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Suniva, SolarWorld claim trade tariffs would boost US solar jobs

The law firm representing Suniva Inc., a U.S. solar panel manufacturer that is asking Washington to impose tariffs and price controls on imported equipment, claims that "effective remedies" would result in up to 144,000 new domestic solar jobs. That stands in sharp contrast to broad industry expectations. The Solar Energy Industries Association, or SEIA, a trade group, has warned that the measures Suniva requested would cost America an estimated 88,000 jobs by raising the cost of solar power and making the technology less competitive against other energy sources.

Suniva's lawyers at Mayer Brown issued the report a week before the U.S. International Trade Commission is scheduled to hold a public hearing to consider whether imported solar cells and modules are causing "serious injury" to the domestic industry.

"This conservative analysis, using well-established Department of Commerce formulas, shows that this safeguard action can create huge impact in the manufacturing sector, even as we continue to see tremendous growth in solar installations," Matt Card, Suniva's executive vice president of commercial operations, said in a news release.

SEIA President and CEO Abigail Ross Hopper said it is "preposterous" to think that "doubling the price of solar panels would somehow increase demand and create jobs."

Suniva, which is based in Georgia and majority-owned by Hong Kong-headquartered Shunfeng International Clean Energy Ltd, sought protection from foreign competition in April, shortly after it filed for bankruptcy. The company was joined a month later by Oregon-based panel manufacturer SolarWorld Americas Inc. after that company's corporate parent, the German manufacturer SolarWorld AG, said it was filing for insolvency.

A flood of panels

Suniva argues that U.S. companies were hit by a sharp and unexpected increase in global manufacturing of crystalline silicon solar cells and panels after companies in China and Taiwan shifted their operations to other countries to avoid U.S. antidumping and countervailing duties. Tim Brightbill, a partner at Wiley Rein LLP who represents SolarWorld Americas, also pointed to a flood of panels from China that hit the global market in 2016 after the country reduced a feed-in tariff and domestic demand tumbled, driving down panel prices globally.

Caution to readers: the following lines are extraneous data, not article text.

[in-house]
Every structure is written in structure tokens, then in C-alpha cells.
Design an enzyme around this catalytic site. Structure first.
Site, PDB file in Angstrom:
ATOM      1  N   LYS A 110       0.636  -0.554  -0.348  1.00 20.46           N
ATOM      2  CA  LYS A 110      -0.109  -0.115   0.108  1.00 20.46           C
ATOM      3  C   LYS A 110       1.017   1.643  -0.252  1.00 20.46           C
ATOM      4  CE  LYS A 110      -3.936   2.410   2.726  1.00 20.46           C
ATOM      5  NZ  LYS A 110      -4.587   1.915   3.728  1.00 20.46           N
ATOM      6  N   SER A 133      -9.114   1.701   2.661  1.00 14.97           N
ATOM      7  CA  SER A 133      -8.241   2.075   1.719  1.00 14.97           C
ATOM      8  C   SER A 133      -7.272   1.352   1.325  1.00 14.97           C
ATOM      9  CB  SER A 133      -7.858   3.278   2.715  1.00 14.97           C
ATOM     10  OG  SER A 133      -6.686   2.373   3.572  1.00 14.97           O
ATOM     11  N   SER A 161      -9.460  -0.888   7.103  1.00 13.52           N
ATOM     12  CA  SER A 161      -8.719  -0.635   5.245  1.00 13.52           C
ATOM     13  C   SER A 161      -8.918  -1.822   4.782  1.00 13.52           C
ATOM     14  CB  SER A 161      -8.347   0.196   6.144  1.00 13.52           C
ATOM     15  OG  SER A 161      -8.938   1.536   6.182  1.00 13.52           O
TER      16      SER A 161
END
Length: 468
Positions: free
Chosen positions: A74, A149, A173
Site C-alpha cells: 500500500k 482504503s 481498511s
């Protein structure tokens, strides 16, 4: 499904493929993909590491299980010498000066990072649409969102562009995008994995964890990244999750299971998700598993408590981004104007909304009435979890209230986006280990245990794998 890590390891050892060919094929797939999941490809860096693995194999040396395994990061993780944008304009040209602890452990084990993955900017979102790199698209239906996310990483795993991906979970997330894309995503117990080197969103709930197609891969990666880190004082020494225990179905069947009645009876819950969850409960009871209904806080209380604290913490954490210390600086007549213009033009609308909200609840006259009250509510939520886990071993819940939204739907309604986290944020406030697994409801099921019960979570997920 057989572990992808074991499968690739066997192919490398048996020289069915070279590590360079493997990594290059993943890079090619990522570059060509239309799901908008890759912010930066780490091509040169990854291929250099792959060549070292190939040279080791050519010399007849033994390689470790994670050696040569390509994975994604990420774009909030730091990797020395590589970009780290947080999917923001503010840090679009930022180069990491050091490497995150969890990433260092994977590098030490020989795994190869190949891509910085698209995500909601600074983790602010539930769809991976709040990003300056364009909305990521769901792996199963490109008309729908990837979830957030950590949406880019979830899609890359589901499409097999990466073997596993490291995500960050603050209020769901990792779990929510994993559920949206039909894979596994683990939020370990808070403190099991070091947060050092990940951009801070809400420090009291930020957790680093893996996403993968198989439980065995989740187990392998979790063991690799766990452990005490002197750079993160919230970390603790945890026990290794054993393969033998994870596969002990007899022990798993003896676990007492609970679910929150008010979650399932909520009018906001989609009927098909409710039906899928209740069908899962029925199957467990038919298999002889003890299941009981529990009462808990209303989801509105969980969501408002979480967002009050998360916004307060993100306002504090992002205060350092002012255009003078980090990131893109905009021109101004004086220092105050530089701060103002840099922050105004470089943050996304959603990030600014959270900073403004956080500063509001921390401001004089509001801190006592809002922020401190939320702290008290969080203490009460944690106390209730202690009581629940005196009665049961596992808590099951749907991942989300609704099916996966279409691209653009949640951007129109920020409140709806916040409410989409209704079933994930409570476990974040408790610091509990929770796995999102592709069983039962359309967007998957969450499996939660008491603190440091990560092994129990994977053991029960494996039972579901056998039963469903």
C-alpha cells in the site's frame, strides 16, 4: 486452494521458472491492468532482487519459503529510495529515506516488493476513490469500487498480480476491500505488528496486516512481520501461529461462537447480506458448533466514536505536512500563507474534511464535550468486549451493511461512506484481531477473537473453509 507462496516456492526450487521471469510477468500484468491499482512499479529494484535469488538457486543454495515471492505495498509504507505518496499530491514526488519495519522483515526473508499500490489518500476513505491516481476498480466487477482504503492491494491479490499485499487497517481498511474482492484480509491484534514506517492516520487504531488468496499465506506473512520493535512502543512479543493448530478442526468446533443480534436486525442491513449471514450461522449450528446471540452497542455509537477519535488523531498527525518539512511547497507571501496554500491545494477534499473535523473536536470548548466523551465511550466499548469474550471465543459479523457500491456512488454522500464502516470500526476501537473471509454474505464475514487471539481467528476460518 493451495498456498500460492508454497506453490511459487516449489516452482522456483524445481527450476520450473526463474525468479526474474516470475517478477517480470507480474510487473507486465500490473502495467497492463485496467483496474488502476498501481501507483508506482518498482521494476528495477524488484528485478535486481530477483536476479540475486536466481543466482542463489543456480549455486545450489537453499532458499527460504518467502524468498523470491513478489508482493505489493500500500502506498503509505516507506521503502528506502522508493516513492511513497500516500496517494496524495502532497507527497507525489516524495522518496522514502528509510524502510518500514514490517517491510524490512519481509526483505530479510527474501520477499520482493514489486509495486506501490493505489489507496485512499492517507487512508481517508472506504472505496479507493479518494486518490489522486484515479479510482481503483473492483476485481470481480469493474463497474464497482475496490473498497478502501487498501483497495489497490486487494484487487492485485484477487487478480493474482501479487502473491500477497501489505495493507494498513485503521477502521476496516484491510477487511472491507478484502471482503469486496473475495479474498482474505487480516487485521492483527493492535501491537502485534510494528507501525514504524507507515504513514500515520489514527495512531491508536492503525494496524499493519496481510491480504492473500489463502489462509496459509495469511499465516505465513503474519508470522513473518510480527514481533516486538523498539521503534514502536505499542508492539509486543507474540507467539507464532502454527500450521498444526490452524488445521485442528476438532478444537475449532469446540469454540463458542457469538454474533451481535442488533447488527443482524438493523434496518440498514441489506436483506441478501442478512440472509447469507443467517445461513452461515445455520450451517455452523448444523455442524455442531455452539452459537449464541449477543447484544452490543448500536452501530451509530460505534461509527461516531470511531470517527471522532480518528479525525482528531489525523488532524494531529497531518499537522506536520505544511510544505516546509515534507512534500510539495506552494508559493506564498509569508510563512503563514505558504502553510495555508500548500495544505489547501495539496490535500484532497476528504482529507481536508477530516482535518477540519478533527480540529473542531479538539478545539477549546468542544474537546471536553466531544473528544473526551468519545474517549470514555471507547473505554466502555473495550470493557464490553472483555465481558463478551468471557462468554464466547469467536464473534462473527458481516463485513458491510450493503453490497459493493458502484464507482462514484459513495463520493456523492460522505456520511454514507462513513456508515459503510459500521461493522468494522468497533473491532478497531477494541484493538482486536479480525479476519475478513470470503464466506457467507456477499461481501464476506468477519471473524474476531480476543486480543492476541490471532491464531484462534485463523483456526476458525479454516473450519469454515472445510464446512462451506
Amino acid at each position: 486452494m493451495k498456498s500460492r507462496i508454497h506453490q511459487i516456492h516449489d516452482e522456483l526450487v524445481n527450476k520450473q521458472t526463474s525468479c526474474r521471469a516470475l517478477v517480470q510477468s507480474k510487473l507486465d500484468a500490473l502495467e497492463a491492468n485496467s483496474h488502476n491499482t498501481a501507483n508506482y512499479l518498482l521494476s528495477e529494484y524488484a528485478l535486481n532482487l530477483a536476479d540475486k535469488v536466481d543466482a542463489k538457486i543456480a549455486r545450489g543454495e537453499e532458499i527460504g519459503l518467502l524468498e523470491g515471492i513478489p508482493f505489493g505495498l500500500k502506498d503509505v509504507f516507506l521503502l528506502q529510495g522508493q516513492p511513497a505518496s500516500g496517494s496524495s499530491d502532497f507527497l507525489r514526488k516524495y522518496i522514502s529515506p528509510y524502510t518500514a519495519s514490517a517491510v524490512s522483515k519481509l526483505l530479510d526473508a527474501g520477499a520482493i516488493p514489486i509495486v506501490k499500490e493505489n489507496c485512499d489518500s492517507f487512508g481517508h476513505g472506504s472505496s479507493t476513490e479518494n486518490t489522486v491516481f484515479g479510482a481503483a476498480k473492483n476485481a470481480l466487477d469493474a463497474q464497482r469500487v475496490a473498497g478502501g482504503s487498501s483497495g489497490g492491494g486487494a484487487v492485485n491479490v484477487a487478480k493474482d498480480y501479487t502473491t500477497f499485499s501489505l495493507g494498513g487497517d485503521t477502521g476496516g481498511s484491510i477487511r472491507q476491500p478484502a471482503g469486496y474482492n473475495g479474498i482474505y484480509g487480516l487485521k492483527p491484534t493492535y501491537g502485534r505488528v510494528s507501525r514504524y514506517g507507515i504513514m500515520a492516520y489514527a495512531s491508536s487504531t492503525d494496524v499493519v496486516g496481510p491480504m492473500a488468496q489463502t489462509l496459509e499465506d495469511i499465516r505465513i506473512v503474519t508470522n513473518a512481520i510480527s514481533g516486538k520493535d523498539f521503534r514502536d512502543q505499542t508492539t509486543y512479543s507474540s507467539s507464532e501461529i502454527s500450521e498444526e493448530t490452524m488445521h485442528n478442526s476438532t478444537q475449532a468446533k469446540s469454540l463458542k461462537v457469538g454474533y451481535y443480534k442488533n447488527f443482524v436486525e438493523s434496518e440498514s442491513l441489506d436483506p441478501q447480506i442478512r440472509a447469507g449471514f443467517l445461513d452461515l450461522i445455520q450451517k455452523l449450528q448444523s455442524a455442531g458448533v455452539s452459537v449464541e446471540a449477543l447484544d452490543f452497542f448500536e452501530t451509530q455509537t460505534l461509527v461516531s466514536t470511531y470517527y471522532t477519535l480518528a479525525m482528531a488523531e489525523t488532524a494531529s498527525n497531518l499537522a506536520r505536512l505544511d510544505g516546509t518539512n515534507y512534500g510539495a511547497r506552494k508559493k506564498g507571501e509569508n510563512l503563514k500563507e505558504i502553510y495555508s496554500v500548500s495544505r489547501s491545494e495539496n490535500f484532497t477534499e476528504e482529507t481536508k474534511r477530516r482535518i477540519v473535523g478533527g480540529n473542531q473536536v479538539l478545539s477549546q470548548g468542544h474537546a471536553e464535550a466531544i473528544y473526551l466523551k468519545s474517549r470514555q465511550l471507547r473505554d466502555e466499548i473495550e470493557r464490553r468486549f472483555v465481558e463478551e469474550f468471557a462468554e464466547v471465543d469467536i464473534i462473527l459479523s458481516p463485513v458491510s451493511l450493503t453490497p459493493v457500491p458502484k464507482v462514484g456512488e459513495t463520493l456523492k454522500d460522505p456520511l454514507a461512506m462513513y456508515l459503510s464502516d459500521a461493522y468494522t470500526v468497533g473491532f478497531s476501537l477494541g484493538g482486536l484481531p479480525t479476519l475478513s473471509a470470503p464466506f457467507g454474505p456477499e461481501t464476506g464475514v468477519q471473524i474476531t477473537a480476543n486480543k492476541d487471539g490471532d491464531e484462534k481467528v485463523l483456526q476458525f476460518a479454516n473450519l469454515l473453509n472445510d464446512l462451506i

Between 2012 and 2016, U.S. imports of solar cells and modules made from crystalline silicon rose by 52% in terms of units, Suniva said in case filings. Over the same period, domestic manufacturers' share of the U.S. solar market was cut nearly in half, to 11%.

According to The Solar Foundation, a nonprofit industry advocate, approximately 38,100 people worked in solar manufacturing in the U.S. in 2016, up 53% since 2010. Mayer Brown, citing data from The Solar Foundation, said that if U.S. companies had captured a proportional share of rising domestic demand, employment in the solar manufacturing sector would have grown to approximately 40,400 in 2016.

Suniva and SolarWorld are asking the trade commission to recommend that President Donald Trump set an initial tariff of 40 cents per watt and a minimum price of 78 cents per watt on imported solar cells and modules, respectively, that are made from crystalline silicon. Canadian Solar Inc., a cell and panel manufacturer that is based in Ontario but conducts most of its manufacturing in China, said the average selling price of its standard solar module fell by 12% in 2016 to approximately 51 cents per watt.

Prices stabilize

Mayer Brown said "effective remedies" would result in a net increase in U.S. solar industry employment of between 114,796 and 144,298, including up to 45,000 manufacturing jobs.

Others doubt those claims, noting that the tariffs would be broadly applied to imports rather than targeted at specific countries. Ethan Zindler, head of U.S. research at market analyst Bloomberg New Energy Finance, called the Mayer Brown study "dubious," tweeting Aug. 8 that even if tariffs pushed Chinese firms to build manufacturing capacity in the U.S., the plants would be "quite automated."

"We are ... convinced that the requested remedies could significantly impact the U.S. solar market, imposing a direct burden on manufacturers of solar panels and associated equipment, raising prices for customers and eliminating tens of thousands of jobs," Thomas Werner, chairman, president and CEO of SunPower Corp., a solar panel manufacturer and power plant developer that is headquartered in California, said on an Aug. 1 earnings call.

"We are already seeing module prices impacted by just the possibility of a tariff," Werner said, adding that average selling prices for solar panels have stabilized and are increasing in some markets.